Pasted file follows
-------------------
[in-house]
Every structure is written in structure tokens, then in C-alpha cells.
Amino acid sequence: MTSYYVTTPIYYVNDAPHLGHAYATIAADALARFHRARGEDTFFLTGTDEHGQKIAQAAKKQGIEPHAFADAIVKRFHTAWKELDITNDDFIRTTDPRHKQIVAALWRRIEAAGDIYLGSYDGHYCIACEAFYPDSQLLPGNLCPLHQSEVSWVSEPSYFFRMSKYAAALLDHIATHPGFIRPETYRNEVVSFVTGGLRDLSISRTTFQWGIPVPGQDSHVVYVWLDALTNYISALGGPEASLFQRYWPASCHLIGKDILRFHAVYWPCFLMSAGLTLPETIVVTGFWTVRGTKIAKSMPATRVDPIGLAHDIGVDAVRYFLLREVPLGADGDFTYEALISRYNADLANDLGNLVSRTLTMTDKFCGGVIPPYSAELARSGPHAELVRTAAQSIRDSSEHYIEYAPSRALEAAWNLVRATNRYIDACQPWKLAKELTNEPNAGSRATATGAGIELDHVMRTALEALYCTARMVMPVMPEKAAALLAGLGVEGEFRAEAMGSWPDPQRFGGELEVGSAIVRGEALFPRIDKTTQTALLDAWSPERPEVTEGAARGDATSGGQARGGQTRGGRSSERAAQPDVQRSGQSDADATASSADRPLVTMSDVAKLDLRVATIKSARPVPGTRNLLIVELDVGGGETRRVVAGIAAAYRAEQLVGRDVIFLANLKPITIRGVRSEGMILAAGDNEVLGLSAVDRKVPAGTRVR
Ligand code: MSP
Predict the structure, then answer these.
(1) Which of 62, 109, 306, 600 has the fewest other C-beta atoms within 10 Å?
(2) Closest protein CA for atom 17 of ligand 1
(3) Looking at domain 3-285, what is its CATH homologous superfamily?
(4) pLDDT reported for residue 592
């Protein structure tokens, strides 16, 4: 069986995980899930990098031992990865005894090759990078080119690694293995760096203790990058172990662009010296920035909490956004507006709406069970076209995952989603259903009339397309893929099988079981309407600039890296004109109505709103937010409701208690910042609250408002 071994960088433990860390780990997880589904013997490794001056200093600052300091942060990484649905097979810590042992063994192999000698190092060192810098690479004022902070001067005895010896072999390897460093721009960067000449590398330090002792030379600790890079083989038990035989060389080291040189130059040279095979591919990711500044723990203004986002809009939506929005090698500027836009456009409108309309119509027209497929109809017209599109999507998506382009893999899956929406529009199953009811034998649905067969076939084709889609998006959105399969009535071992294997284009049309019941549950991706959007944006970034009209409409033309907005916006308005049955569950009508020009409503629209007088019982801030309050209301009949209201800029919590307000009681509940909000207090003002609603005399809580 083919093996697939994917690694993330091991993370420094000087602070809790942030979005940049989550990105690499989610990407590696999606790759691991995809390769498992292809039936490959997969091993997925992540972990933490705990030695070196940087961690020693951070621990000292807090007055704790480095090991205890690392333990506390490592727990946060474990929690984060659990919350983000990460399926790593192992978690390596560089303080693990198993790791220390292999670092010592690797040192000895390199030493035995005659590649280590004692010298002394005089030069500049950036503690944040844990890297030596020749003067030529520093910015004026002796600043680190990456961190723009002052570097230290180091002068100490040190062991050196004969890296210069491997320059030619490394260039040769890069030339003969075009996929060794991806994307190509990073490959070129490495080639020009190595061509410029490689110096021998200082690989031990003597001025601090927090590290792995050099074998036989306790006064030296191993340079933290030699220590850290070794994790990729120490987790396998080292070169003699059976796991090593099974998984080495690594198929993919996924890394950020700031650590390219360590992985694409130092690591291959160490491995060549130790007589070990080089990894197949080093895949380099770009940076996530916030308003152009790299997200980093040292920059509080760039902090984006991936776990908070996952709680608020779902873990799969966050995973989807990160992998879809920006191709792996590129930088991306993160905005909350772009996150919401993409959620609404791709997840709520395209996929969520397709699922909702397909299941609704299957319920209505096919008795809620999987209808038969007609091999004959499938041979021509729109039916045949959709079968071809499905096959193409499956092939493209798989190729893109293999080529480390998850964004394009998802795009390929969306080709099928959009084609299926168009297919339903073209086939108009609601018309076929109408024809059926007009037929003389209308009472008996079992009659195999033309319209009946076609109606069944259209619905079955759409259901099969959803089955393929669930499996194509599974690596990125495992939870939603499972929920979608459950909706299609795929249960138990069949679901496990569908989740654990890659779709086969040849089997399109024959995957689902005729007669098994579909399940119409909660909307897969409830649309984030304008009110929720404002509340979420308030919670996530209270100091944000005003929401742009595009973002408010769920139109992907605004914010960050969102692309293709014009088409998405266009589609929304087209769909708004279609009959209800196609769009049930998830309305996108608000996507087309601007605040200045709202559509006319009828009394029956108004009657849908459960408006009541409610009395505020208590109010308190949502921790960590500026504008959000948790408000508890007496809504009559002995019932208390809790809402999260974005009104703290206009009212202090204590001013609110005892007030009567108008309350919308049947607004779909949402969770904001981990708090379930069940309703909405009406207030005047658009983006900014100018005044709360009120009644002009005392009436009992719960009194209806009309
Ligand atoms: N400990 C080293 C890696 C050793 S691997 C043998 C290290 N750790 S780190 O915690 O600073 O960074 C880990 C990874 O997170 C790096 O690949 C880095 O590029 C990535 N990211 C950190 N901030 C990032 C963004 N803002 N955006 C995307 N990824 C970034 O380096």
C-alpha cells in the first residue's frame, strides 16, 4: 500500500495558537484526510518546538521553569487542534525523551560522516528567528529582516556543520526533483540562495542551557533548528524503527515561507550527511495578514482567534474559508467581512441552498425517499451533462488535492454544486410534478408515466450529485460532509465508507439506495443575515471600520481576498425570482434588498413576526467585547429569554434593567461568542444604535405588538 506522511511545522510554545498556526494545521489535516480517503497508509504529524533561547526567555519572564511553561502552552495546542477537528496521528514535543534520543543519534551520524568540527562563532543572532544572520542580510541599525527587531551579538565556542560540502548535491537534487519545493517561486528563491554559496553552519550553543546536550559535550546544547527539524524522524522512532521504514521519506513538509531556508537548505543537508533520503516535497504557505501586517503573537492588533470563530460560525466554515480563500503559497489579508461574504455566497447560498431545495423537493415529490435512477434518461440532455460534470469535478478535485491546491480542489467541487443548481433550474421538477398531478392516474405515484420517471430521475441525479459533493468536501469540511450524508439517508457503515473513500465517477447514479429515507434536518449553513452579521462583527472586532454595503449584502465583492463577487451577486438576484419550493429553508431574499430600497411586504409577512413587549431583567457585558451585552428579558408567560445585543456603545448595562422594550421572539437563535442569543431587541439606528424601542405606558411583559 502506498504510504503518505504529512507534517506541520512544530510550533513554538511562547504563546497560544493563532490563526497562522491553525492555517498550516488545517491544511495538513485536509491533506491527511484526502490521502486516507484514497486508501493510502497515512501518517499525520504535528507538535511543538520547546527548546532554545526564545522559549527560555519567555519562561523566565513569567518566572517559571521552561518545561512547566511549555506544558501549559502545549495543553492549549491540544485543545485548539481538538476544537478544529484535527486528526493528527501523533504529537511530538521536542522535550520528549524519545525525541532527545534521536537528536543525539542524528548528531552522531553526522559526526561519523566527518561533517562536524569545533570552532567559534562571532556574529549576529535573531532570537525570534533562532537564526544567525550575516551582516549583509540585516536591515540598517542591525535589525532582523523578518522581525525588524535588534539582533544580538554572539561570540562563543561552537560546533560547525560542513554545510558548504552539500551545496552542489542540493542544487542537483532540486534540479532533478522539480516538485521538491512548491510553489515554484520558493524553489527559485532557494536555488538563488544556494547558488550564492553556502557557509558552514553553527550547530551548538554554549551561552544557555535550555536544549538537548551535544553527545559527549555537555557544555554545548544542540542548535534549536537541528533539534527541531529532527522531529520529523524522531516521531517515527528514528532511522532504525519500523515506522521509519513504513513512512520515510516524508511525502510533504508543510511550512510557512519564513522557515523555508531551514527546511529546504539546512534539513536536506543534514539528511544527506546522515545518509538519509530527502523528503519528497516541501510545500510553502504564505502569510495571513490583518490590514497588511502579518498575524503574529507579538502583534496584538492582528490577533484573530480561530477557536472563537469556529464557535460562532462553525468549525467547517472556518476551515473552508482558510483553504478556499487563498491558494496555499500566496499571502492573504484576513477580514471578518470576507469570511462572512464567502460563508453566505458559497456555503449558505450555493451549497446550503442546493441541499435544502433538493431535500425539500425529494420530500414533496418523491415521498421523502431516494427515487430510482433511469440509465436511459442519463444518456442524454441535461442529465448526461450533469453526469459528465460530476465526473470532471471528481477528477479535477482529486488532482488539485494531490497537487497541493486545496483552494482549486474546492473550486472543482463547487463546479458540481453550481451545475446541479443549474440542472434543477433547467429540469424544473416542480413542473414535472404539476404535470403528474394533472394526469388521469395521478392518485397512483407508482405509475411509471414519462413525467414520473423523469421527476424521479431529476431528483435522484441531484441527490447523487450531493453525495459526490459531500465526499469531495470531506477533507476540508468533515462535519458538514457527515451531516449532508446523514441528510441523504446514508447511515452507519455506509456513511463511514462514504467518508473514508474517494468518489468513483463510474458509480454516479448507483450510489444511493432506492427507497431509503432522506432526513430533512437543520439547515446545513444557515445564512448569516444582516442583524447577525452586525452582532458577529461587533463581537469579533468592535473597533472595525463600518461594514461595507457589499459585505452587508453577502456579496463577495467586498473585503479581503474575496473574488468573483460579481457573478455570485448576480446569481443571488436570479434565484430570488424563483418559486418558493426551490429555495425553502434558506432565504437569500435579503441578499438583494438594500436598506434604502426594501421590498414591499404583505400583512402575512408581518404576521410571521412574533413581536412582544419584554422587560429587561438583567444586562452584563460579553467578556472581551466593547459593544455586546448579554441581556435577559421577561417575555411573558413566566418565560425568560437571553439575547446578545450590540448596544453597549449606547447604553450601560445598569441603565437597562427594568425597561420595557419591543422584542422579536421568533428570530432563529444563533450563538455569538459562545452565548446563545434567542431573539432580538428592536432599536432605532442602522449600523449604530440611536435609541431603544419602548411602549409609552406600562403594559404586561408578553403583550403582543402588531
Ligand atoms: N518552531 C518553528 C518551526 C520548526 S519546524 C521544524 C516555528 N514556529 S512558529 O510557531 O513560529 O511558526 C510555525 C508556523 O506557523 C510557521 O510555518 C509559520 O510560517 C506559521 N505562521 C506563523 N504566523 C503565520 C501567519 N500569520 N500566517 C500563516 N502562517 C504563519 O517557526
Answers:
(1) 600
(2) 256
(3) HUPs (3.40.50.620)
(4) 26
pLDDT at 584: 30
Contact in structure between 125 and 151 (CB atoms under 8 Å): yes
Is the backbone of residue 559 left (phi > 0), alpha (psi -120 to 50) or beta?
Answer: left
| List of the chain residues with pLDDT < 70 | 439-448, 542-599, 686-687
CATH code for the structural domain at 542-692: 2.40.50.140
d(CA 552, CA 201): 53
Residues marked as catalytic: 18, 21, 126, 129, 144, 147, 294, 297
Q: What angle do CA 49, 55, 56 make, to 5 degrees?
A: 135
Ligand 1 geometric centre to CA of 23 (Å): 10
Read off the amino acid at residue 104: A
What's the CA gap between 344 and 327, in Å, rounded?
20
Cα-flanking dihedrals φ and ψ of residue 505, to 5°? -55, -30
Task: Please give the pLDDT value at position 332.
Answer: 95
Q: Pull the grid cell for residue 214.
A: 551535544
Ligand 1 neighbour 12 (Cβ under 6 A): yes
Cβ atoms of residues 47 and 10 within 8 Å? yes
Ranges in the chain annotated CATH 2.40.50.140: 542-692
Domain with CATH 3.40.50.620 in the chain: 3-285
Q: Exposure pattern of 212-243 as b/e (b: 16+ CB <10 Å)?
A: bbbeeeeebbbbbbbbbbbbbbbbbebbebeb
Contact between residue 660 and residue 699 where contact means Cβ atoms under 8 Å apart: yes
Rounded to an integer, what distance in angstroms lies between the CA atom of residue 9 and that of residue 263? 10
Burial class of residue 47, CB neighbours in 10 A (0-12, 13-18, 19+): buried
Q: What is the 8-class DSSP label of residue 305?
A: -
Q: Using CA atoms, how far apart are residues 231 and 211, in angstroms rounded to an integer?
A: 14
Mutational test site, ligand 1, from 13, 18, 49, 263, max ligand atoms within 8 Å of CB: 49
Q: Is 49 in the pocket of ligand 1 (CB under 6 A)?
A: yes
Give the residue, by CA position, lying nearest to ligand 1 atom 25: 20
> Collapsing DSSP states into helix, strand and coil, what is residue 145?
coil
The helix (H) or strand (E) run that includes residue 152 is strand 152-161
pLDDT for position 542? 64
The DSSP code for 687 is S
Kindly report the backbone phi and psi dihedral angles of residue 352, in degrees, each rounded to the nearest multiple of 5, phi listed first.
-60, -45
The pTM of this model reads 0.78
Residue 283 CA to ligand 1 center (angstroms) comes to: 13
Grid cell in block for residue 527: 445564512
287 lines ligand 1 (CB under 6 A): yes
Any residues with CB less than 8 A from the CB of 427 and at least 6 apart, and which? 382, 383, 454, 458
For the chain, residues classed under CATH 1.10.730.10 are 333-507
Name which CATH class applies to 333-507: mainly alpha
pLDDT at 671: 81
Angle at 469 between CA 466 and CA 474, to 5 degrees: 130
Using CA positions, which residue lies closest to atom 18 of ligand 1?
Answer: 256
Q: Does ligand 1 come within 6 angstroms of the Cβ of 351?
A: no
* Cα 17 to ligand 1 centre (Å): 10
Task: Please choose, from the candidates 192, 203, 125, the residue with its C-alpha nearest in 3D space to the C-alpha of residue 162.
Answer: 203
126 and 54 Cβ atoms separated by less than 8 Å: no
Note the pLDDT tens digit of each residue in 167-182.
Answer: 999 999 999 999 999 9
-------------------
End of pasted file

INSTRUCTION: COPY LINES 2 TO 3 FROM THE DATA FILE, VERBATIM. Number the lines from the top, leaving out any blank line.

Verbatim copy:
Every structure is written in structure tokens, then in C-alpha cells.
Amino acid sequence: MTSYYVTTPIYYVNDAPHLGHAYATIAADALARFHRARGEDTFFLTGTDEHGQKIAQAAKKQGIEPHAFADAIVKRFHTAWKELDITNDDFIRTTDPRHKQIVAALWRRIEAAGDIYLGSYDGHYCIACEAFYPDSQLLPGNLCPLHQSEVSWVSEPSYFFRMSKYAAALLDHIATHPGFIRPETYRNEVVSFVTGGLRDLSISRTTFQWGIPVPGQDSHVVYVWLDALTNYISALGGPEASLFQRYWPASCHLIGKDILRFHAVYWPCFLMSAGLTLPETIVVTGFWTVRGTKIAKSMPATRVDPIGLAHDIGVDAVRYFLLREVPLGADGDFTYEALISRYNADLANDLGNLVSRTLTMTDKFCGGVIPPYSAELARSGPHAELVRTAAQSIRDSSEHYIEYAPSRALEAAWNLVRATNRYIDACQPWKLAKELTNEPNAGSRATATGAGIELDHVMRTALEALYCTARMVMPVMPEKAAALLAGLGVEGEFRAEAMGSWPDPQRFGGELEVGSAIVRGEALFPRIDKTTQTALLDAWSPERPEVTEGAARGDATSGGQARGGQTRGGRSSERAAQPDVQRSGQSDADATASSADRPLVTMSDVAKLDLRVATIKSARPVPGTRNLLIVELDVGGGETRRVVAGIAAAYRAEQLVGRDVIFLANLKPITIRGVRSEGMILAAGDNEVLGLSAVDRKVPAGTRVR